February 27, 2008 at 12:25 PM
Tuesday: I check my calendar for when I might be able to go to my parents' house, before April 10. The coming weekend looks pretty good, until I realize that I have an orchestra concert at 3:00 on Sunday. I check the other weekends. Husband's birthday. Visitors from Germany. Playing violin in church. Leading adult RE class. Second set of visitors from Germany. Talent show. Yikes. Okay, this weekend it is. Decide to give my stand partner music at Wednesday night's rehearsal in case I get back late for the concert warm-up. Tell boss.
Wednesday: Confirm with parents and brother that this weekend also works for them. Tell the kids that they are visiting the grandparents. Mention skiing. Kids are excited.
Go to orchestra rehearsal. Hear soloist, Pei-Wen Liao, play cadenza to Beethoven violin concerto 1st movement for the first time.
This girl is amazing. She has flown in from New York for a limited number of rehearsals. I'm new to the orchestra so I don't really know how she came to be playing with us. She won an award, a competition of some kind, last spring. She is by far the best violinist in the room. I had previously thought this competition was for local kids, maybe someone like my daughter who came up through the local public school program (but who practices more). I've accompanied concerto competition winners before, it's fun. But Pei-Wen is way above and beyond your "average" concerto competition winner. The person she reminds me of the most is David Kim, now concertmaster of the Philadelphia Orchestra. David Kim went to my high school, Williamsville North High School, back in the early 80's. He was a senior, concertmaster of the District Orchestra when I was a sophomore second violinist. He played for fun in the school orchestra during the week, in between commuting to New York on weekends for lessons with Dorothy Delay. One concert we played Vivaldi's Four Seasons, with him on the solo part. Like David, Pei-Wen has completely confident, sure fingers. (Mine tend toward fuzziness). They are shaped like they were meant to hold a violin, as if they are more comfortable held in that position than any other way. She has the same poise and confidence that come from knowing the music inside out. She's not nervous about making a mistake--she doesn't need to be. The music is so much part of her, she always knows what's coming next. She doesn't make mistakes. It would be like making a mistake walking or breathing.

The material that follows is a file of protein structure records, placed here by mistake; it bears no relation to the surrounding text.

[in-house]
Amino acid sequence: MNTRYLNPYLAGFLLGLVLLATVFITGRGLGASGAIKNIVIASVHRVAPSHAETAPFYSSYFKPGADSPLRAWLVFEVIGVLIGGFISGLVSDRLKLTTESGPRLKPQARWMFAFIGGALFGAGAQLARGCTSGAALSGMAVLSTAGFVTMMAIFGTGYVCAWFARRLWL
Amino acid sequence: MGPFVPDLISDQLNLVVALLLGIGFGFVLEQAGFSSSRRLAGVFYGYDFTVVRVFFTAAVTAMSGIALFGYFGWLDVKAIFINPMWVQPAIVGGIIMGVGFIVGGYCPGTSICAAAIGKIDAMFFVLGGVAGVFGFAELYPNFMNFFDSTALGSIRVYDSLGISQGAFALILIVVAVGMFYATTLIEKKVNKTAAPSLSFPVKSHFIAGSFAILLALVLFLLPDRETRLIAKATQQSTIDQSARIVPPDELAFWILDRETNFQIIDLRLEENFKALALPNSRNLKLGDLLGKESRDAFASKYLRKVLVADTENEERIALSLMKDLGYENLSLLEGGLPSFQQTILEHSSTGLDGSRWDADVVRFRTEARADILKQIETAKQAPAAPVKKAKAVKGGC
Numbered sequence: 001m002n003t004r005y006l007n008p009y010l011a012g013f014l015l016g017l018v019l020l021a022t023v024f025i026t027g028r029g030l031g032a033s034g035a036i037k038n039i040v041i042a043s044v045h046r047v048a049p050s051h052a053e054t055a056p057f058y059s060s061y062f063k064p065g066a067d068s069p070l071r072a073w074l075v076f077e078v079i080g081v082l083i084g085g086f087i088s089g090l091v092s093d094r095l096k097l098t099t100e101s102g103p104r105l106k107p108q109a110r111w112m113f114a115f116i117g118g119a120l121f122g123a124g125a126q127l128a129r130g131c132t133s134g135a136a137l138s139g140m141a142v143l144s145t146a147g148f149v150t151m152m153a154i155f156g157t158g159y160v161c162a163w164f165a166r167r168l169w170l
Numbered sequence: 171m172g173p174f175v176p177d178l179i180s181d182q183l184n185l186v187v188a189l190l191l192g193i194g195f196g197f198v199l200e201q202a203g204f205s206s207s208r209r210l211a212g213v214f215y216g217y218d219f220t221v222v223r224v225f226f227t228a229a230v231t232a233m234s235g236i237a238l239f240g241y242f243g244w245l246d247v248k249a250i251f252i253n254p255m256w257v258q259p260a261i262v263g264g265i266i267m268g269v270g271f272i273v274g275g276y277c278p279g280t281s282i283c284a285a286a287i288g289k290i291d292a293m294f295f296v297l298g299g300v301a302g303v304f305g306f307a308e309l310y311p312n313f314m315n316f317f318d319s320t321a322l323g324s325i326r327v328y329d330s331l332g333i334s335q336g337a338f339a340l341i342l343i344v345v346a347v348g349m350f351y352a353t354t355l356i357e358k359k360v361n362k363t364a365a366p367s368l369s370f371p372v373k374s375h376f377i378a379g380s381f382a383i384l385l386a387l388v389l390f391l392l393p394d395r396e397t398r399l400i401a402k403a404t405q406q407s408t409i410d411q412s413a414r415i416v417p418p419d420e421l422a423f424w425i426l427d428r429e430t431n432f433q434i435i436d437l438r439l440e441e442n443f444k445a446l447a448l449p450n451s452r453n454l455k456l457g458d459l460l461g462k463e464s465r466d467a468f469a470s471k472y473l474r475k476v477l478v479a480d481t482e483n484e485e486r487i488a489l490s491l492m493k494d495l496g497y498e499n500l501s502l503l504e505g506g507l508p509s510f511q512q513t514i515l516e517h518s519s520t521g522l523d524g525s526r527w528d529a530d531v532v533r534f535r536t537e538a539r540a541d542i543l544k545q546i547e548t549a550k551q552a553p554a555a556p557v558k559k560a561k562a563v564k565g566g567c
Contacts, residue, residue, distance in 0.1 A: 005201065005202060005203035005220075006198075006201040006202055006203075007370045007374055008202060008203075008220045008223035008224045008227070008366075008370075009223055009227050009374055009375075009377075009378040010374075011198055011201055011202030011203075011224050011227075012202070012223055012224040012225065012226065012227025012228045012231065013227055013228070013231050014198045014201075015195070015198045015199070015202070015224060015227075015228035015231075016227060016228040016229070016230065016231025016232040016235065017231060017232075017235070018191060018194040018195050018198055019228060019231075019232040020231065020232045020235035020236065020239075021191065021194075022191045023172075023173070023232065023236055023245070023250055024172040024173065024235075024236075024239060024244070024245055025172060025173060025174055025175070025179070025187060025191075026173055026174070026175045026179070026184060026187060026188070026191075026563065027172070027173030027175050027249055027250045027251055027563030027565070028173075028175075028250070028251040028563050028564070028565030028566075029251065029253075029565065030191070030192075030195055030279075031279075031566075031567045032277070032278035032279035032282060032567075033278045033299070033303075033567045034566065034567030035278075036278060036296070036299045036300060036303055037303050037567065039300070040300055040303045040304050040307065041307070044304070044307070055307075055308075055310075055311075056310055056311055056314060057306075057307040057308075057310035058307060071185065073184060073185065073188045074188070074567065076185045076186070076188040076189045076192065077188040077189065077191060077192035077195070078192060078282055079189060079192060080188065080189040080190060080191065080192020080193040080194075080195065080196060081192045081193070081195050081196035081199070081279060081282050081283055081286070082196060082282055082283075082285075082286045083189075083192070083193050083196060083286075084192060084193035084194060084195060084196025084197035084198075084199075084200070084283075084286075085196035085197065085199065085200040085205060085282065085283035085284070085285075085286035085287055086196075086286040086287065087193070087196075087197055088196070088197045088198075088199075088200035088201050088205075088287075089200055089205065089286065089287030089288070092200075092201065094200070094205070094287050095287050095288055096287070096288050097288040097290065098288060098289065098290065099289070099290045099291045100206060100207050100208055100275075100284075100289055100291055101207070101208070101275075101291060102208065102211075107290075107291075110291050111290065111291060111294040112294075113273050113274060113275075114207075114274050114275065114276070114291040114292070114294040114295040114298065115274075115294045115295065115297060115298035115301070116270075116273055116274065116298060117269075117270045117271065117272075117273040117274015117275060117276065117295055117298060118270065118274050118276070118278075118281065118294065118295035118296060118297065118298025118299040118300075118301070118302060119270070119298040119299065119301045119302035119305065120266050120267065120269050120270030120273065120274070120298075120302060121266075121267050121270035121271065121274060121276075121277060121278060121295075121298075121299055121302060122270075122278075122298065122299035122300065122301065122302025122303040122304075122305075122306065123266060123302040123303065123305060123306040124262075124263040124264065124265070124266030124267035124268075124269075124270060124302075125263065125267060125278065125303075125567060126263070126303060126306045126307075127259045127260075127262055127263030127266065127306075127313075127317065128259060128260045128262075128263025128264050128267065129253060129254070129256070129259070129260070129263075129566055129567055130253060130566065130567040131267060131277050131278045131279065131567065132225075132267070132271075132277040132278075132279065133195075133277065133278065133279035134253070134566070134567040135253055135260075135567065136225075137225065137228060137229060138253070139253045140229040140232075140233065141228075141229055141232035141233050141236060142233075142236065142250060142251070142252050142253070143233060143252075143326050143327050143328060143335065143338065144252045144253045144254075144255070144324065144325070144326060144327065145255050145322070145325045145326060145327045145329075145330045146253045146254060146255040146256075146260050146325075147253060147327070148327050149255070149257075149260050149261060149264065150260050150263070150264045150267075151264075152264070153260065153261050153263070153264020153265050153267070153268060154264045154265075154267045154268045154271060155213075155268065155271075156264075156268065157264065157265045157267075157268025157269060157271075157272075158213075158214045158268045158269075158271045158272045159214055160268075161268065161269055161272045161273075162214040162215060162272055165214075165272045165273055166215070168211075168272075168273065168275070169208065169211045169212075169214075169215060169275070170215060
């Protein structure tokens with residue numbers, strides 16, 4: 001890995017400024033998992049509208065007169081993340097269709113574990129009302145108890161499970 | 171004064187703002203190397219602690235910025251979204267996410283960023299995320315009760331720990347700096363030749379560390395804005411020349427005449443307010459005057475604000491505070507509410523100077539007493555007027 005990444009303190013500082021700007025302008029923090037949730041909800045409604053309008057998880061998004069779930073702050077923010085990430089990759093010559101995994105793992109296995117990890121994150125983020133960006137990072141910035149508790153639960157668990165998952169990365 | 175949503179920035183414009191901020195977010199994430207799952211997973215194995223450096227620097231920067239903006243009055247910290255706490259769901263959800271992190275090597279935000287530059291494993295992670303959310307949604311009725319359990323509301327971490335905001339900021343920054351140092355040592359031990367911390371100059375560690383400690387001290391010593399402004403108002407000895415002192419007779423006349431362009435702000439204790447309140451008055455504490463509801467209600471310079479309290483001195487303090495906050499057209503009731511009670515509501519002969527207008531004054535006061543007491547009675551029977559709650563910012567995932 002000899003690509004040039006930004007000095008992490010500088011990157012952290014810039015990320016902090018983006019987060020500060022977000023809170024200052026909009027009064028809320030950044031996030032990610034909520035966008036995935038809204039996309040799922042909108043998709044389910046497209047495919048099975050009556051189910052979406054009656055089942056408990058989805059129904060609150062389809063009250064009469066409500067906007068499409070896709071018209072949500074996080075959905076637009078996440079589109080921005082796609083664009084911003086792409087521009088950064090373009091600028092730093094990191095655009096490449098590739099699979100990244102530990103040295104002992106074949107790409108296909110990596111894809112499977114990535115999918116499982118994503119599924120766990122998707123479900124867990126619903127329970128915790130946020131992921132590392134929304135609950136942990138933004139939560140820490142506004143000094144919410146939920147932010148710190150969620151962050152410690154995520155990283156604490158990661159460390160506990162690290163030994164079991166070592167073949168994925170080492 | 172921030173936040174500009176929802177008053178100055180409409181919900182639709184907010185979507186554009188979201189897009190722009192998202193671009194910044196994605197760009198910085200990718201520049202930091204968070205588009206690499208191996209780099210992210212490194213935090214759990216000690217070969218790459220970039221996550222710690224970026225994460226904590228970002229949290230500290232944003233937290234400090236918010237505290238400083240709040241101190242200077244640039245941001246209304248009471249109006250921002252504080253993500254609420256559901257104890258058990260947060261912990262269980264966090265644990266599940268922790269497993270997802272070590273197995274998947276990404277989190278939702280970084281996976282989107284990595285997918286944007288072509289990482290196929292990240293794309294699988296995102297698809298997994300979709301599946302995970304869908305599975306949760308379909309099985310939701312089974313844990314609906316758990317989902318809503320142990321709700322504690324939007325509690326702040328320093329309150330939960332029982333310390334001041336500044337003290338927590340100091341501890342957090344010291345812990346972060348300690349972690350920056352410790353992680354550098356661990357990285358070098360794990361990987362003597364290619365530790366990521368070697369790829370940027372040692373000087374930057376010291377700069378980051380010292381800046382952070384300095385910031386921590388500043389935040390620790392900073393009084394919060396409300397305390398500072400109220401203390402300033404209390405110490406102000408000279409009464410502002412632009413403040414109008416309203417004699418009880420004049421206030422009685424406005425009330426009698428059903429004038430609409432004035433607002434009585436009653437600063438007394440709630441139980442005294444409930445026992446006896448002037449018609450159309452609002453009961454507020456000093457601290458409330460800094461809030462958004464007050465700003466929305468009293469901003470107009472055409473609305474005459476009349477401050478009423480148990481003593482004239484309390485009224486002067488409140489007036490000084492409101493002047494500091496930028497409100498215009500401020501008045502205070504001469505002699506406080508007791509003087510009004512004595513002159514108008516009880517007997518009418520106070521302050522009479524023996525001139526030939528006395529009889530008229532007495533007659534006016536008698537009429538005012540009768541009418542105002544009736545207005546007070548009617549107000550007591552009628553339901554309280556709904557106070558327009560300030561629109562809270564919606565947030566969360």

When she plays the cadenza, at one point it's as if there are two violins playing. Double-stop trills, two soaring melody lines. And she has a little smile of concentration on her face, setting it all in motion. She's in the cockpit of a high-performance jet, or maybe the Starship Enterprise, flying.
When she is done playing, you can hear a pin drop. The orchestra manager speaks for all of us during the announcements before break. "She took my breath away."
Tell stand partner and conductor that I will be driving home on Sunday morning and might be "late for the concert warm-up." Apologize profusely. Hand over music (marked part with all the first violin section bowings). Pack suitcase.
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